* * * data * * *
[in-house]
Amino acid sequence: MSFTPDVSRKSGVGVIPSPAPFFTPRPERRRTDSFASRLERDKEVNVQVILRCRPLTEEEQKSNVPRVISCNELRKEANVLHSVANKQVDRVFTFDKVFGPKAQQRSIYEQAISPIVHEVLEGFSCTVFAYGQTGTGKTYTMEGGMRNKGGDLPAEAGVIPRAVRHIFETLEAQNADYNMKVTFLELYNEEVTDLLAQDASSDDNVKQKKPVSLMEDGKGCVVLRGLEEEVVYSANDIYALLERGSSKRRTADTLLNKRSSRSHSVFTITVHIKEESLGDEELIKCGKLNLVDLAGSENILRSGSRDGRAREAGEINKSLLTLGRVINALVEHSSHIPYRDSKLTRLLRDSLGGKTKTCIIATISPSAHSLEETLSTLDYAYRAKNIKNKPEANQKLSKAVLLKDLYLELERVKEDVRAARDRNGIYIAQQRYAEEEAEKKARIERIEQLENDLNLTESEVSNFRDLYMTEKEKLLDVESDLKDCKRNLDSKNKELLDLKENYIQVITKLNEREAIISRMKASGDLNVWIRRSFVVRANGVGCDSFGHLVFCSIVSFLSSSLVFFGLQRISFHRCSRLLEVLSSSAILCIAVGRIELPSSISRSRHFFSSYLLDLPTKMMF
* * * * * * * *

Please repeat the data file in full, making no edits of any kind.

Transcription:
[in-house]
Amino acid sequence: MSFTPDVSRKSGVGVIPSPAPFFTPRPERRRTDSFASRLERDKEVNVQVILRCRPLTEEEQKSNVPRVISCNELRKEANVLHSVANKQVDRVFTFDKVFGPKAQQRSIYEQAISPIVHEVLEGFSCTVFAYGQTGTGKTYTMEGGMRNKGGDLPAEAGVIPRAVRHIFETLEAQNADYNMKVTFLELYNEEVTDLLAQDASSDDNVKQKKPVSLMEDGKGCVVLRGLEEEVVYSANDIYALLERGSSKRRTADTLLNKRSSRSHSVFTITVHIKEESLGDEELIKCGKLNLVDLAGSENILRSGSRDGRAREAGEINKSLLTLGRVINALVEHSSHIPYRDSKLTRLLRDSLGGKTKTCIIATISPSAHSLEETLSTLDYAYRAKNIKNKPEANQKLSKAVLLKDLYLELERVKEDVRAARDRNGIYIAQQRYAEEEAEKKARIERIEQLENDLNLTESEVSNFRDLYMTEKEKLLDVESDLKDCKRNLDSKNKELLDLKENYIQVITKLNEREAIISRMKASGDLNVWIRRSFVVRANGVGCDSFGHLVFCSIVSFLSSSLVFFGLQRISFHRCSRLLEVLSSSAILCIAVGRIELPSSISRSRHFFSSYLLDLPTKMMF